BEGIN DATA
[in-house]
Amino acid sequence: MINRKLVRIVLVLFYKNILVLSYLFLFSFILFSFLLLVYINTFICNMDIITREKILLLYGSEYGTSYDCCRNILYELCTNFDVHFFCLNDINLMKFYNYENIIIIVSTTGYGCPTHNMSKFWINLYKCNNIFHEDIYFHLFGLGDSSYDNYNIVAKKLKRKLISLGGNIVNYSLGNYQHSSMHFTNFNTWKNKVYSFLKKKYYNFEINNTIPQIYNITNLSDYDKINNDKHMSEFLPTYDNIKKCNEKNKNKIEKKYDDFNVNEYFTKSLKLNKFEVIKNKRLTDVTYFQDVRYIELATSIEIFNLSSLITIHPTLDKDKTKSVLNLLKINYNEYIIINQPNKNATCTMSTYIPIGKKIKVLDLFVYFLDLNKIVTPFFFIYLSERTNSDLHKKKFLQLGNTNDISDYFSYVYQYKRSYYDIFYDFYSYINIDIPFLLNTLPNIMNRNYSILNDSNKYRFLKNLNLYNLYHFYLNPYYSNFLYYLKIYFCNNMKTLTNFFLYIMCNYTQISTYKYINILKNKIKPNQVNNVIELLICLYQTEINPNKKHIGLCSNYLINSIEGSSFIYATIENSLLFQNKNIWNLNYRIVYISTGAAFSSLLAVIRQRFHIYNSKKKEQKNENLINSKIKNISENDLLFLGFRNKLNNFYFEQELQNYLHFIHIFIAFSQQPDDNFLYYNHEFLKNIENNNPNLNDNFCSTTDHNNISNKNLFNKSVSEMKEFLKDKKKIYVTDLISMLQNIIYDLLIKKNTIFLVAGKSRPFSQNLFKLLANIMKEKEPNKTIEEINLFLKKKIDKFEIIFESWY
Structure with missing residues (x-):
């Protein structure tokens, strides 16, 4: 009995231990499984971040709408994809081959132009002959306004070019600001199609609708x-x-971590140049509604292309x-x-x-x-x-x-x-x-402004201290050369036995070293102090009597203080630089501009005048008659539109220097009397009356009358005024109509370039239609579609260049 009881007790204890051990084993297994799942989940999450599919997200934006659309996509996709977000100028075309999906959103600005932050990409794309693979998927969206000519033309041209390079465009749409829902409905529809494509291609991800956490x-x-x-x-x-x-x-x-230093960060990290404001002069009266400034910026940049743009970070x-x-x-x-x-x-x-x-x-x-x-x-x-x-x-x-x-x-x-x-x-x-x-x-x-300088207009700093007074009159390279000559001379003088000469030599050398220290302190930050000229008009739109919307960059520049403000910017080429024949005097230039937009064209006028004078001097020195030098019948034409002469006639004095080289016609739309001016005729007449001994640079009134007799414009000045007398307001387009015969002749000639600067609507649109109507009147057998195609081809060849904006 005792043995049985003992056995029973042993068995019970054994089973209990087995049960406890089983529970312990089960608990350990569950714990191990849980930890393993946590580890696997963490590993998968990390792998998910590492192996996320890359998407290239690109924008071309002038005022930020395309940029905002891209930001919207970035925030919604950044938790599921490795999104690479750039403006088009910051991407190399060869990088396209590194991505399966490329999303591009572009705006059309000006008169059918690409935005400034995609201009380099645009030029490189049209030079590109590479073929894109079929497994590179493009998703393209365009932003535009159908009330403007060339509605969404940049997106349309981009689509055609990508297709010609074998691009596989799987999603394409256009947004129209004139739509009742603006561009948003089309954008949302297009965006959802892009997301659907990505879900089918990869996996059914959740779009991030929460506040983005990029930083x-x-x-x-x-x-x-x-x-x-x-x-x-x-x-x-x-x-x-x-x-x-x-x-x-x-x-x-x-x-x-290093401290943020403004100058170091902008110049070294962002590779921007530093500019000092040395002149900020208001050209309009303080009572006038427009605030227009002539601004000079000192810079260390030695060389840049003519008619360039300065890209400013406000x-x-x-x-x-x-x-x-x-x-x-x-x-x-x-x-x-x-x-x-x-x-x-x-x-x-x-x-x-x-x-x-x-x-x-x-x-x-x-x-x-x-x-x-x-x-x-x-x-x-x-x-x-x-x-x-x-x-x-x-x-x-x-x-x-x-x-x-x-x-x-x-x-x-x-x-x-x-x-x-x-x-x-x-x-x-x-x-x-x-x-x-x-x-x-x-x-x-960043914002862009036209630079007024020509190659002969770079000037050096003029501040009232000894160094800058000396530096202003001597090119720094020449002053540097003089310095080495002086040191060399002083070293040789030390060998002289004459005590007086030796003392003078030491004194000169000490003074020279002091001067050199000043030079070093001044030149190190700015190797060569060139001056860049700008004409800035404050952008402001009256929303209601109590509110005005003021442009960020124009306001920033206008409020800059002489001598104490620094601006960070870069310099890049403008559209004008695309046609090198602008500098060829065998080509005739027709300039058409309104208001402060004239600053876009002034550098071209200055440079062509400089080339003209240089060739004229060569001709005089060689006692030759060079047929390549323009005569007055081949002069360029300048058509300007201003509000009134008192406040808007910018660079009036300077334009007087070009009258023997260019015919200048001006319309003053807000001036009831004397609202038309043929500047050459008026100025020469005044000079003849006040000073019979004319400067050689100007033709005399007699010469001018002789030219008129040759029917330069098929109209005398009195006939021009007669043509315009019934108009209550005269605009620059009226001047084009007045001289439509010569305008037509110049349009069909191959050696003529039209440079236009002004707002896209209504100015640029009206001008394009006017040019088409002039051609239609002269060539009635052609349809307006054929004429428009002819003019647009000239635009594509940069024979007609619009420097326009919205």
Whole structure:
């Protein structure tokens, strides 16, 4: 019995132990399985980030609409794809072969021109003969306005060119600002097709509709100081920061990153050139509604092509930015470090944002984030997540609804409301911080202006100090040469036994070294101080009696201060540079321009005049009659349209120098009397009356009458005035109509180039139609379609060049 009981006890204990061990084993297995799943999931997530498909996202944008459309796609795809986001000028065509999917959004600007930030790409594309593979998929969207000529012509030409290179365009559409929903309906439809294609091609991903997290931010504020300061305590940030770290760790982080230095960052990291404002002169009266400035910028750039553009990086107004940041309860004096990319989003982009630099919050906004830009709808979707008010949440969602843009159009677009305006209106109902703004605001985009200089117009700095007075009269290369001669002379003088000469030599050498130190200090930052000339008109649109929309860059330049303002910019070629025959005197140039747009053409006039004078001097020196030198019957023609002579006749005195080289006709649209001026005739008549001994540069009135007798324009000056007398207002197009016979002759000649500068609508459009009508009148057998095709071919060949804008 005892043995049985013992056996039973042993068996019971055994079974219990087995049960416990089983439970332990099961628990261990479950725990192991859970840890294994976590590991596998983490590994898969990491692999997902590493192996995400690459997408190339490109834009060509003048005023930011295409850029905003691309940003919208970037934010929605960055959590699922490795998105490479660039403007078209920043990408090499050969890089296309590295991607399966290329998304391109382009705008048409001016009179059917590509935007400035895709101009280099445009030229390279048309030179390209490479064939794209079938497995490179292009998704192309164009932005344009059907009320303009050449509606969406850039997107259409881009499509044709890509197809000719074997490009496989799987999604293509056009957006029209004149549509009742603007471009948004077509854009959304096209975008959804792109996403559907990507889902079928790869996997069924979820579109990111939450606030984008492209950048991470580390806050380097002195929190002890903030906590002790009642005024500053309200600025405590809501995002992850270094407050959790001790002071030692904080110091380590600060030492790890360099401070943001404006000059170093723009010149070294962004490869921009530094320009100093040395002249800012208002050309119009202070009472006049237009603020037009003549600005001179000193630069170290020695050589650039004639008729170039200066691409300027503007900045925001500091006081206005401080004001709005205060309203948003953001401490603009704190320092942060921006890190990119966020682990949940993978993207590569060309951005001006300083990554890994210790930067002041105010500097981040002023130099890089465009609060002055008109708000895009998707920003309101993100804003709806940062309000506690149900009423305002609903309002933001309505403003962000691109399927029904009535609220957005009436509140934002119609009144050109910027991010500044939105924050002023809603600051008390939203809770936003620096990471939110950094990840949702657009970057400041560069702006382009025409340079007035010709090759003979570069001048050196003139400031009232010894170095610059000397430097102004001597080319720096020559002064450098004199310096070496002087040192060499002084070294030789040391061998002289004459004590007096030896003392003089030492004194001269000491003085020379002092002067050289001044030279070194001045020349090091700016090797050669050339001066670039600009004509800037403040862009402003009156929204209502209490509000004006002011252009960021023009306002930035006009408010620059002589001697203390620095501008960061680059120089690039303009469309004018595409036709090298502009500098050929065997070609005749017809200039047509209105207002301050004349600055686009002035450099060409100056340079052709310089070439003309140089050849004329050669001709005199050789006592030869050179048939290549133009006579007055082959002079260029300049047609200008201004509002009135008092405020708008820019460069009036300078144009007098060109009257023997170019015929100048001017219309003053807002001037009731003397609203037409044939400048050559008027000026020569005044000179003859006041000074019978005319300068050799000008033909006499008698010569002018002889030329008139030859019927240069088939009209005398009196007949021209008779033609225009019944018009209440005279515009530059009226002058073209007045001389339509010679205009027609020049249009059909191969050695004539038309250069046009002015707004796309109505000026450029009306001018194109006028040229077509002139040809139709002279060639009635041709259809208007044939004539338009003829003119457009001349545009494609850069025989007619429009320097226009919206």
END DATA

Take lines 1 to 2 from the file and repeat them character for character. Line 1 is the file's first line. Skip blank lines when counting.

[in-house]
Amino acid sequence: MINRKLVRIVLVLFYKNILVLSYLFLFSFILFSFLLLVYINTFICNMDIITREKILLLYGSEYGTSYDCCRNILYELCTNFDVHFFCLNDINLMKFYNYENIIIIVSTTGYGCPTHNMSKFWINLYKCNNIFHEDIYFHLFGLGDSSYDNYNIVAKKLKRKLISLGGNIVNYSLGNYQHSSMHFTNFNTWKNKVYSFLKKKYYNFEINNTIPQIYNITNLSDYDKINNDKHMSEFLPTYDNIKKCNEKNKNKIEKKYDDFNVNEYFTKSLKLNKFEVIKNKRLTDVTYFQDVRYIELATSIEIFNLSSLITIHPTLDKDKTKSVLNLLKINYNEYIIINQPNKNATCTMSTYIPIGKKIKVLDLFVYFLDLNKIVTPFFFIYLSERTNSDLHKKKFLQLGNTNDISDYFSYVYQYKRSYYDIFYDFYSYINIDIPFLLNTLPNIMNRNYSILNDSNKYRFLKNLNLYNLYHFYLNPYYSNFLYYLKIYFCNNMKTLTNFFLYIMCNYTQISTYKYINILKNKIKPNQVNNVIELLICLYQTEINPNKKHIGLCSNYLINSIEGSSFIYATIENSLLFQNKNIWNLNYRIVYISTGAAFSSLLAVIRQRFHIYNSKKKEQKNENLINSKIKNISENDLLFLGFRNKLNNFYFEQELQNYLHFIHIFIAFSQQPDDNFLYYNHEFLKNIENNNPNLNDNFCSTTDHNNISNKNLFNKSVSEMKEFLKDKKKIYVTDLISMLQNIIYDLLIKKNTIFLVAGKSRPFSQNLFKLLANIMKEKEPNKTIEEINLFLKKKIDKFEIIFESWY